Cannabis Time Capsule, 1890: Marijuana is deadly and alcohol is a valuable medicine

Here's an article that actually ran in several papers over the years, though we've singled out the version from the September 1890 Aspen Daily Times. Basically, it's a "correspondence" with an unnamed doctor who lists ten dangerous drugs and the fates that befall the users of each.

The drugs, in no particular order: opium, laudanum, morphine, cocaine, chloral hydrate, chloroform, cannabis indica, alcohol, absinthe and quinine. Yes, it sounds like something out of Hunter S. Thompson's travel bag.

As for the drugs and their effects, this unnamed doctor seems pretty well versed. Opium addicts visit "opium joints" to "hit the pipe", which he also called the "layout". He actually admits to visiting an opium den at one point, describing the scene as a stereotypical Chinese-run gathering of doped-up users loafing around for hours on end. There were even women in "silk fineries." Gasp! "This was indeed the 'hell' as only Dante could appreciate," our brave author writes.

There's more about the dangers of a chloroform dependency, insanity from absinthe, and the mundane addiction to quinine. But, frankly, even the wild descriptions of the doctor's drug encounters are overshadowed by the way he treats alcohol and cannabis.

"Cannabis Indica is the extract of the leaves of the Indian Hemp. It is the 'hasheesh' of the East and an extremely subtle and deadly drug," he writes. "In India its victims can be counted by the hundreds. In this part of the world it is as yet but little used as a nerve soother, except by professional men. Its effects are on the brain chiefly, and madness is the outcome of the habit once formed of using it."

So pot is deadly and causes madness. Seems like the BS we are being told in 2014, but okay. Hopefully, he has a similarly dim outlook on alcohol, which even in the 1890s was known to be a killer, right? Wrong.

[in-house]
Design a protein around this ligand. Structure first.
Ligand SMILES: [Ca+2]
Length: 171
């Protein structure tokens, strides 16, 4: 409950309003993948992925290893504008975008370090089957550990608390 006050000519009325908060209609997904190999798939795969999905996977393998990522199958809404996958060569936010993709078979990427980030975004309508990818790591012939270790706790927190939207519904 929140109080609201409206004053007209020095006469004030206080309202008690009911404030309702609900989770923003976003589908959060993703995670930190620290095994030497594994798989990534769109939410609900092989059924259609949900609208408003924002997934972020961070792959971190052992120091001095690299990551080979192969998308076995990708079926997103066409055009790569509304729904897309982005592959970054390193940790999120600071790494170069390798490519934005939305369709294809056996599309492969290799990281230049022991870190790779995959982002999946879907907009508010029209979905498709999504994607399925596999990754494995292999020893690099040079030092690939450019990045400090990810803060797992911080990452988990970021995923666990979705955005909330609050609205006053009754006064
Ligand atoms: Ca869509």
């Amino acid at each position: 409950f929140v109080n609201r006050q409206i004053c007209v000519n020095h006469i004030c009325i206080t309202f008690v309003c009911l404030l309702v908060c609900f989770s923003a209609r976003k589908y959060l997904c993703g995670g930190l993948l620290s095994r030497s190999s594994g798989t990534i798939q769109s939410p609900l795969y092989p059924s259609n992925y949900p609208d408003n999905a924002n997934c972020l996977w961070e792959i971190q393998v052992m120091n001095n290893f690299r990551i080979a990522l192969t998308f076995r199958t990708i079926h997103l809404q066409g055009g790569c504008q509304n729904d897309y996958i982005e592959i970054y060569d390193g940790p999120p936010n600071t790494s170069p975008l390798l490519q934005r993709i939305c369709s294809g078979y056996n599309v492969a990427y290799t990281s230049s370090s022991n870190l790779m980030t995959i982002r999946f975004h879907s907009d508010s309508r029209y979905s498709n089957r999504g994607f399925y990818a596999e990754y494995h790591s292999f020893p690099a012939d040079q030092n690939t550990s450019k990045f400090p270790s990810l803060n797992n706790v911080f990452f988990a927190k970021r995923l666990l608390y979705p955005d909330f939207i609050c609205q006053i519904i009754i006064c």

"Alcohol is to [sic] well known to need comment at length," he begins. "After all, no drug has a greater effect on society. The sot is one of the most unfortunate victims of neurosis that can well be pictured. Yet no drug, rightly used, is of more value. A little wine for the stomach's sake can do no harm for the majority of people."

To recap: Opium takes you to hell on earth, marijuana kills you and alcohol is the best medicine there is and ever will be. Sadly, that sentiment remained in vogue for at least the next hundred years or so -- even with the alcohol death toll steadily rising each year.

For more Colorado cannabis history, check out our Cannabis Time Capsule archive.

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*** Five from Colorado charged with plan to sell marijuana in Oklahoma ***

Five people living in Colorado's rural San Luis Valley are facing federal charges in Oklahoma for allegations that they planned to produce as much as 50 pounds of marijuana a month and sell it outside the state.

The marijuana was to be grown on a ranch near Crestone, in Saguache County, and other nearby properties, according to two federal criminal complaints unsealed this week.

Undercover Drug Enforcement Administration agents and informants — posing as investors in the scheme — infiltrated the ring before the marijuana grows were fully up and running, the complaints claim. When the Colorado men arrived with their first delivery of marijuana at the Alamosa airport last month, an undercover DEA plane was waiting on the tarmac, according to the complaints.

Agents in Colorado arrested Curtis Wagner, 49; Skylar Freeman, 25; David Steele, 48; Shawn Maminakis, 34; and Marty Shellabarger. All of the men are from Crestone, except for Shellabarger, who is from the nearby town of Moffat.

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